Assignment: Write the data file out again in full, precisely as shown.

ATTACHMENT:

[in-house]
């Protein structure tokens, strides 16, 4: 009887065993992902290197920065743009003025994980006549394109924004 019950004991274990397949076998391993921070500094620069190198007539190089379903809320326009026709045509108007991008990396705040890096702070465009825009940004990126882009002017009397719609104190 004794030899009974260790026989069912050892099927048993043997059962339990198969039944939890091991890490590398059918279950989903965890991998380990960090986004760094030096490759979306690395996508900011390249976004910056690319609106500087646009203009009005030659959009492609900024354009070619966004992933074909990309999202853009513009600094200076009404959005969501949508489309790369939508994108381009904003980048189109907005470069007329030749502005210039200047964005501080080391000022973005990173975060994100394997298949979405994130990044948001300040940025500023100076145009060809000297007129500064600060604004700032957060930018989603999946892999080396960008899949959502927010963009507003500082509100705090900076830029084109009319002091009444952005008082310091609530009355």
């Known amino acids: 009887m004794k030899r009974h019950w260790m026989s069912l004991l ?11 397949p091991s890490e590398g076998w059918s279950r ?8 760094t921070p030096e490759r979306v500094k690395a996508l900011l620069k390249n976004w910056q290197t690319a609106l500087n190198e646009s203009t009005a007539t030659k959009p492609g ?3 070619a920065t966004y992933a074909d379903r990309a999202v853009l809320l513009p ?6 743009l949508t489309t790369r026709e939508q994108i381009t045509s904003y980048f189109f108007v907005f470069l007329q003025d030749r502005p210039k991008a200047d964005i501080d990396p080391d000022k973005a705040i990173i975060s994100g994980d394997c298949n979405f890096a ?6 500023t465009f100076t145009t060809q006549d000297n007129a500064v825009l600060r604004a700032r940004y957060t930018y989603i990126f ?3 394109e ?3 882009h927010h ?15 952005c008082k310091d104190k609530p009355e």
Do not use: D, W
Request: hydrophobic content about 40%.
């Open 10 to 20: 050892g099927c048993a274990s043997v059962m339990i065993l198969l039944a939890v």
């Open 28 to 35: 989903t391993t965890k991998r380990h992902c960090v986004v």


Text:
[in-house]
């Protein structure tokens, strides 16, 4: 009887065993992902290197920065743009003025994980006549394109924004 019950004991274990397949076998391993921070500094620069190198007539190089379903809320326009026709045509108007991008990396705040890096702070465009825009940004990126882009002017009397719609104190 004794030899009974260790026989069912050892099927048993043997059962339990198969039944939890091991890490590398059918279950989903965890991998380990960090986004760094030096490759979306690395996508900011390249976004910056690319609106500087646009203009009005030659959009492609900024354009070619966004992933074909990309999202853009513009600094200076009404959005969501949508489309790369939508994108381009904003980048189109907005470069007329030749502005210039200047964005501080080391000022973005990173975060994100394997298949979405994130990044948001300040940025500023100076145009060809000297007129500064600060604004700032957060930018989603999946892999080396960008899949959502927010963009507003500082509100705090900076830029084109009319002091009444952005008082310091609530009355």
């Known amino acids: 009887m004794k030899r009974h019950w260790m026989s069912l004991l ?11 397949p091991s890490e590398g076998w059918s279950r ?8 760094t921070p030096e490759r979306v500094k690395a996508l900011l620069k390249n976004w910056q290197t690319a609106l500087n190198e646009s203009t009005a007539t030659k959009p492609g ?3 070619a920065t966004y992933a074909d379903r990309a999202v853009l809320l513009p ?6 743009l949508t489309t790369r026709e939508q994108i381009t045509s904003y980048f189109f108007v907005f470069l007329q003025d030749r502005p210039k991008a200047d964005i501080d990396p080391d000022k973005a705040i990173i975060s994100g994980d394997c298949n979405f890096a ?6 500023t465009f100076t145009t060809q006549d000297n007129a500064v825009l600060r604004a700032r940004y957060t930018y989603i990126f ?3 394109e ?3 882009h927010h ?15 952005c008082k310091d104190k609530p009355e």
Do not use: D, W
Request: hydrophobic content about 40%.
């Open 10 to 20: 050892g099927c048993a274990s043997v059962m339990i065993l198969l039944a939890v």
């Open 28 to 35: 989903t391993t965890k991998r380990h992902c960090v986004v």